Nursing and Ethics Healthcare ethics has been of higher importance as long as healthcare practice has existed. It is first necessary to explain that healthcare ethics is regarded as moral principles that are commonly considered as allowable and reasonable by the society. However, in spite of a universally stable set of ethical standards that direct the healthcare industry, there are many cases of these values on the verge of being violated. For instance, it is extremely possible that a medical worker will face an extraordinary situation that requires high performance of reaction, solicitude, attention and custody. Professor Megan-Jane Johnstone who is noted for her scientific researches in the areas of health care ethics and nursing has focused her work titled Nurses' Experiences of Ethical Preparedness for Mass Health Emergencies and Healthcare Disasters: A Systematic Review
It is perceived the United States and Canada generate much of their attention and controversy to mandate vaccines for certain populations. There have been public debates concerning the safety, effectiveness and the value of vaccines in both Canada and the United States (Schwartz, 2013). This is why some people argue we must protect those who do not have the capability to fight off disease on their own, these include; older residents over 65, pregnant women, people with chronic diseases, and healthcare providers (HCP). The older population and other groups with compromising immunities are at greater risk to experience illness and infection that may be fatal (Gould, 2011). However, some nurses argue immunization ; such as the flu shot, should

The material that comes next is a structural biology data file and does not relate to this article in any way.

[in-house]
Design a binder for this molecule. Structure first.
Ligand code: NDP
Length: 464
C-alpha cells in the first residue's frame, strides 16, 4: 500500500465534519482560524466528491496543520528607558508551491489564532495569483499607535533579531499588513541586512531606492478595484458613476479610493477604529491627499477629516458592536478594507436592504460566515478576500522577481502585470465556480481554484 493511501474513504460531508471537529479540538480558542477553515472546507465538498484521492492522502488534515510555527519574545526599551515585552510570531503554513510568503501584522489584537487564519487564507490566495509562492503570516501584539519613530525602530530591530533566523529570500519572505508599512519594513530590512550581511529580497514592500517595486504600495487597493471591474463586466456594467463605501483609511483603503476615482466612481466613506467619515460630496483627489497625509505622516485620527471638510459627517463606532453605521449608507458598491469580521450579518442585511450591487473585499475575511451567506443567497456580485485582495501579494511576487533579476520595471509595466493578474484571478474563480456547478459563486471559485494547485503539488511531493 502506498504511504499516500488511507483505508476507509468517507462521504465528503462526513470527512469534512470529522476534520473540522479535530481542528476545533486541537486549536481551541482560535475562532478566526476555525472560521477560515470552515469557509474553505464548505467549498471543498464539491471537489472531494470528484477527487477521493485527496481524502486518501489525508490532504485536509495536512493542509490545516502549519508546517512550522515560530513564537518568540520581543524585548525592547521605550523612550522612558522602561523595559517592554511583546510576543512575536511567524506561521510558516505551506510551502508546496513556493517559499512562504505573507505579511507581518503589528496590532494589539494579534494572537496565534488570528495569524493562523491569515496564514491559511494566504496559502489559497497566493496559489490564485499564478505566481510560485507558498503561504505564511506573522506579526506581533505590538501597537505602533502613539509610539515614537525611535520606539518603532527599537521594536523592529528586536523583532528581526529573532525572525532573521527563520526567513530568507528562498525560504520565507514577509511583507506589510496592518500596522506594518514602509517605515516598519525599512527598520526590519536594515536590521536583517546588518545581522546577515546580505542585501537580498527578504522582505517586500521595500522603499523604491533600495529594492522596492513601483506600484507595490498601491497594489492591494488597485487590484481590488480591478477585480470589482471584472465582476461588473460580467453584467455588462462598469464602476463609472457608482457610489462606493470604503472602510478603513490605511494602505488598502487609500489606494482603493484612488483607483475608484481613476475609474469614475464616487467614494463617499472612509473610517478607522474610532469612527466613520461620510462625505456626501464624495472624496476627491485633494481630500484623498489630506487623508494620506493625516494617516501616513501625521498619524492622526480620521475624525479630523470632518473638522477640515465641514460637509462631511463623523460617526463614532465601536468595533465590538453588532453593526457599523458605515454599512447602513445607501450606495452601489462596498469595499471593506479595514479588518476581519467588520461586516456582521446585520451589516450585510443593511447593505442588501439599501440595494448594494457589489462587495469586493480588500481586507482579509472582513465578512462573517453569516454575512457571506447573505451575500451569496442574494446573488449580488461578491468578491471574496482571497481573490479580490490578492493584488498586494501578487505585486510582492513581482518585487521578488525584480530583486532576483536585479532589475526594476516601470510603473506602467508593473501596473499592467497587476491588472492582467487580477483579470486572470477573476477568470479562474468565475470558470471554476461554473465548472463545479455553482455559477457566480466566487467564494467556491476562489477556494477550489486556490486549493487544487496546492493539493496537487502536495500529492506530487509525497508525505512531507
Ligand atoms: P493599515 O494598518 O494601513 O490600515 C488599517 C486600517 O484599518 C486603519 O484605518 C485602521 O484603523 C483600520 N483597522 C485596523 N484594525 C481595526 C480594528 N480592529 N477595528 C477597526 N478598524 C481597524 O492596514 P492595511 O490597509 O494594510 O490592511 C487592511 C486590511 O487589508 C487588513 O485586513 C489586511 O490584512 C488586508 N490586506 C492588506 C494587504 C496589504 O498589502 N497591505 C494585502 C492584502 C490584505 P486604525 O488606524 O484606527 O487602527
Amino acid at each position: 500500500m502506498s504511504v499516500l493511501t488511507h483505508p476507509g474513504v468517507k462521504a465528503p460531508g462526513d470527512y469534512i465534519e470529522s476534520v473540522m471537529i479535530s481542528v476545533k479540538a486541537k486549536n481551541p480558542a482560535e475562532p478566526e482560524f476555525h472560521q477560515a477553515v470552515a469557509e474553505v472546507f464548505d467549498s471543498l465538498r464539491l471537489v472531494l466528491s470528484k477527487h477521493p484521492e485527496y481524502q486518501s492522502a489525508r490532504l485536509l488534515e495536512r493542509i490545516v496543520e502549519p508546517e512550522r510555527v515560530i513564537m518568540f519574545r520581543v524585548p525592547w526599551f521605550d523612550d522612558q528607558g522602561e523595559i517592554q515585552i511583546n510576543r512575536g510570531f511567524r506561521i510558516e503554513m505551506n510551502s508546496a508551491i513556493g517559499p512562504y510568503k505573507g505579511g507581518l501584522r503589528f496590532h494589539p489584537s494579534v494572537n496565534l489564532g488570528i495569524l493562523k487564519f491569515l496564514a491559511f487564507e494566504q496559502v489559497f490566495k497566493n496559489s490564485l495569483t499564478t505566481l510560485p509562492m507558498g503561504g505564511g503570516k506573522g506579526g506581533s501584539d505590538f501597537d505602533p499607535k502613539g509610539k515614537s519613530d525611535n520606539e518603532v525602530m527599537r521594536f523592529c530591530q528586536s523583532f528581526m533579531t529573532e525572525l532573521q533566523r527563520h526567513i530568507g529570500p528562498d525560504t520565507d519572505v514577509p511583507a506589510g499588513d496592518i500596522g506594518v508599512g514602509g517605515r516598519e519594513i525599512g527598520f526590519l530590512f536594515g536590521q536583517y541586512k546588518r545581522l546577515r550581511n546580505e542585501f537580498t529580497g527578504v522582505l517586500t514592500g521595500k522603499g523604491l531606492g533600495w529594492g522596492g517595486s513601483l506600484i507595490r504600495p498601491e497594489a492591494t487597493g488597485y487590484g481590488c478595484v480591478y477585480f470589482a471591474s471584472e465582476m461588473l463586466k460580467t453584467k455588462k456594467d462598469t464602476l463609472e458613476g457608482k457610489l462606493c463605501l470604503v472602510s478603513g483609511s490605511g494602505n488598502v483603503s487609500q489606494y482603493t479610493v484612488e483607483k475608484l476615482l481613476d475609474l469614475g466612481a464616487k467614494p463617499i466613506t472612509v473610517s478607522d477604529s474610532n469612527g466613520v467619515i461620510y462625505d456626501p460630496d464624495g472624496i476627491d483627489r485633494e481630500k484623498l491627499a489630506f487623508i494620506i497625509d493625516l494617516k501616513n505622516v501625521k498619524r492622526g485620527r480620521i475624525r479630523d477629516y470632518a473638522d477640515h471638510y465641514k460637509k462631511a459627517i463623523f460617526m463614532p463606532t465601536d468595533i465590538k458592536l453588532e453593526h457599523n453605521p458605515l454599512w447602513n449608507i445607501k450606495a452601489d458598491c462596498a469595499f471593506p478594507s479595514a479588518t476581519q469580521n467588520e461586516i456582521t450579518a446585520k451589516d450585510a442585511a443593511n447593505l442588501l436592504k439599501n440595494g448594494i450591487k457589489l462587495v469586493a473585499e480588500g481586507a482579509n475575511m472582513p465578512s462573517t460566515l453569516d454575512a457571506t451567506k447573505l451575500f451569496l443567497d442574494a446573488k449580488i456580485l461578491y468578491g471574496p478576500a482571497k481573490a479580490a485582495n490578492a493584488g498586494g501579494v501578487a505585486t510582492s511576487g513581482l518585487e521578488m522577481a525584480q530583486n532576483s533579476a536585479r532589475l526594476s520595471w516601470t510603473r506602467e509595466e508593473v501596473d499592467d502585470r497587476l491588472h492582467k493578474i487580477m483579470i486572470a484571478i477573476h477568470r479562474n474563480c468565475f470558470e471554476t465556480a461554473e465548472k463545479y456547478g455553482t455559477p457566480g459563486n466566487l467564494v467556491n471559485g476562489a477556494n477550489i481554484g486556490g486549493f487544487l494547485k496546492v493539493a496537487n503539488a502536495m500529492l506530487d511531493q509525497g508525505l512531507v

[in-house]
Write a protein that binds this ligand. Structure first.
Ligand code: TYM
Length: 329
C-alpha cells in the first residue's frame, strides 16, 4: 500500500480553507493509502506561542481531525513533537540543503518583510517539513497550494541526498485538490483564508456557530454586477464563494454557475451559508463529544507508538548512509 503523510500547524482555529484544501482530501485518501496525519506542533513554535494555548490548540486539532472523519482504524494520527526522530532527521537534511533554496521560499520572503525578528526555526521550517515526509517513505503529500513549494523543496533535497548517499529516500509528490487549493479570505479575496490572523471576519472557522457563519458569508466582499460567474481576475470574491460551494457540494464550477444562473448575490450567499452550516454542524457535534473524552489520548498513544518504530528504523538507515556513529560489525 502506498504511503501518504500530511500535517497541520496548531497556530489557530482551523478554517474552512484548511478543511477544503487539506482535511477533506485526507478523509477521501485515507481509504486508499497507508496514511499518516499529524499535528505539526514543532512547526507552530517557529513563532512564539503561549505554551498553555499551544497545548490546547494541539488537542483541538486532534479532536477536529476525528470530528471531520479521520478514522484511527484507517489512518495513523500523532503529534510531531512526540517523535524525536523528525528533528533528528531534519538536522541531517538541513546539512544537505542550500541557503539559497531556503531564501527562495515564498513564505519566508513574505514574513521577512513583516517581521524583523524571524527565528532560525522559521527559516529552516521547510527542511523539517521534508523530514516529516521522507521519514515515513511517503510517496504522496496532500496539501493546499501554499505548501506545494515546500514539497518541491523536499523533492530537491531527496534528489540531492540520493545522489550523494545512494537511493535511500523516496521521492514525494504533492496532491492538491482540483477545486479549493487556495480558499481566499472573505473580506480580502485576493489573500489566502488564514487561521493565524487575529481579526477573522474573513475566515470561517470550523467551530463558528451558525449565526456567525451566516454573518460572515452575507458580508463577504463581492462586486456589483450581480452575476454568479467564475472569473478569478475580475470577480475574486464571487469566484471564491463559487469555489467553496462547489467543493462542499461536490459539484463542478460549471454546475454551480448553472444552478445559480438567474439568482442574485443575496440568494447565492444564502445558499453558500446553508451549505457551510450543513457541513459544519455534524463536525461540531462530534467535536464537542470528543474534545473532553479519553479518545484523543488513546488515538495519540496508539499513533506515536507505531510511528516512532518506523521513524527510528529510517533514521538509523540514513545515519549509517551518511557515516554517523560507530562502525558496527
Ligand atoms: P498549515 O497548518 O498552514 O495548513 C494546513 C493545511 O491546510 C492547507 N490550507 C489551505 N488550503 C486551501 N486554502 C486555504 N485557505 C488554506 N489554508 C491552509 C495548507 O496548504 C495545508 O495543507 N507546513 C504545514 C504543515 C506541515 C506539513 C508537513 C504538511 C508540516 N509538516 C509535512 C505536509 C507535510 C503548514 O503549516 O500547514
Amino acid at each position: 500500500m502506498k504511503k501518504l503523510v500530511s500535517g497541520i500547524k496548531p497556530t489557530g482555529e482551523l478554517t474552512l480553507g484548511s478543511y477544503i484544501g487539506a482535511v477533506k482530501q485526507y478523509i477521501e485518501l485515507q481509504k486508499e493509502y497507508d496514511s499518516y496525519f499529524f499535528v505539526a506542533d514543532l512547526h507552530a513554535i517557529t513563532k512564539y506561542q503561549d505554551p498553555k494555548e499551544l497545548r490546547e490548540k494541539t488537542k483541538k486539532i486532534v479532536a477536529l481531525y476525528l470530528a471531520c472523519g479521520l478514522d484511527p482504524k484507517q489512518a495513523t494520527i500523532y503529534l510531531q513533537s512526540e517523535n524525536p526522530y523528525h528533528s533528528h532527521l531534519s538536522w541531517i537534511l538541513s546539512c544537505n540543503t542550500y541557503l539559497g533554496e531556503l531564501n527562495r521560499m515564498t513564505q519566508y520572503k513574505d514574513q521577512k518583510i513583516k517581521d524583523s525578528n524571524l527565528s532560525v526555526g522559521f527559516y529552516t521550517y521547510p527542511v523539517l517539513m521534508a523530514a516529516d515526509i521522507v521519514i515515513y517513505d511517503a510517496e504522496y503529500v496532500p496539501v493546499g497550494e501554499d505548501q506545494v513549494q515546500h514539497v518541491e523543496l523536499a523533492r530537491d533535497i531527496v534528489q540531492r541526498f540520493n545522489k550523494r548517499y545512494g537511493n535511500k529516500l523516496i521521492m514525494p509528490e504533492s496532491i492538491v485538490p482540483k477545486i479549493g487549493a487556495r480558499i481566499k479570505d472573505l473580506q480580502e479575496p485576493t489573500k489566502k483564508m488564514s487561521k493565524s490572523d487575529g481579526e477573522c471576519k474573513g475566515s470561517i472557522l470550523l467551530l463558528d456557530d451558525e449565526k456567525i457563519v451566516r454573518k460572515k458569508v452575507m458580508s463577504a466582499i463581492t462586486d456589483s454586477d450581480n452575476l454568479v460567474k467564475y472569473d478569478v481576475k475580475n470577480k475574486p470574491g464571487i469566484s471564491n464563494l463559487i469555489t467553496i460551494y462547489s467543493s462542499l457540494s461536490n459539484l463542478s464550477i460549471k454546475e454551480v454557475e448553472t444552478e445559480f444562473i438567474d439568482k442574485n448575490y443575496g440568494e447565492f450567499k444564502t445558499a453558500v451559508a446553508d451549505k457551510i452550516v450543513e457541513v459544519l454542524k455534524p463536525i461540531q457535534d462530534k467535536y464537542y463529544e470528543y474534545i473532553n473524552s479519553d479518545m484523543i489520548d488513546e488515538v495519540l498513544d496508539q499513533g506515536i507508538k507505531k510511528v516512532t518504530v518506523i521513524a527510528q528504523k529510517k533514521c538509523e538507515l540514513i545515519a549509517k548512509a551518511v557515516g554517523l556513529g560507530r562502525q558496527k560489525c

Ethical Principles in Regards to Abortion Is it right or wrong to have an abortion? Adinma (2011) states that abortions have always been associated with moral, ethical, and religious issues for years; this is not anything recent. There needs to be an investigation on the reason for the abortion and why is it considered an ethical issue. According to Saadatmand, Ghodrati, Zarenezhad, and Akbarzadeh (2016) abortions are done for different reasons, even if considered right or wrong. Each and every situation is different, most ethical issues are between the nurse, the patient, and the reason for or not for the abortion or not.
In this essay by using a provided case study I will discuss values and ethics within the healthcare profession. Values impact on how people live their lives and what they consider is right or wrong. Values are unique to a person they are crucial and become principles we follow for situations in our lives. Viktor Frankl believes we “discover meaning and values through the experience of our own and others suffering” (Frankl, 1978). The Nursing profession has a Nursing and Midwifery code to which they must adhere The NMC Code reflects the world of life and work today, and the changing roles and expectations of nurses and midwives.
Ethical climate Organizational climate refers to the nature of the perception of values, beliefs and behaviors of its members. More specifically ethical climate refers to the collective perception of what is ethically acceptable within the context of an organization. Ethical climate is not only an identifiable and measurable organizational phenomenon but also a central variable in the promotion and socialization of ethical and unethical behaviors . Ethical climate represents the informal yet collective perception of individual ontology and acceptable or unacceptable behavior (Malloy,2009).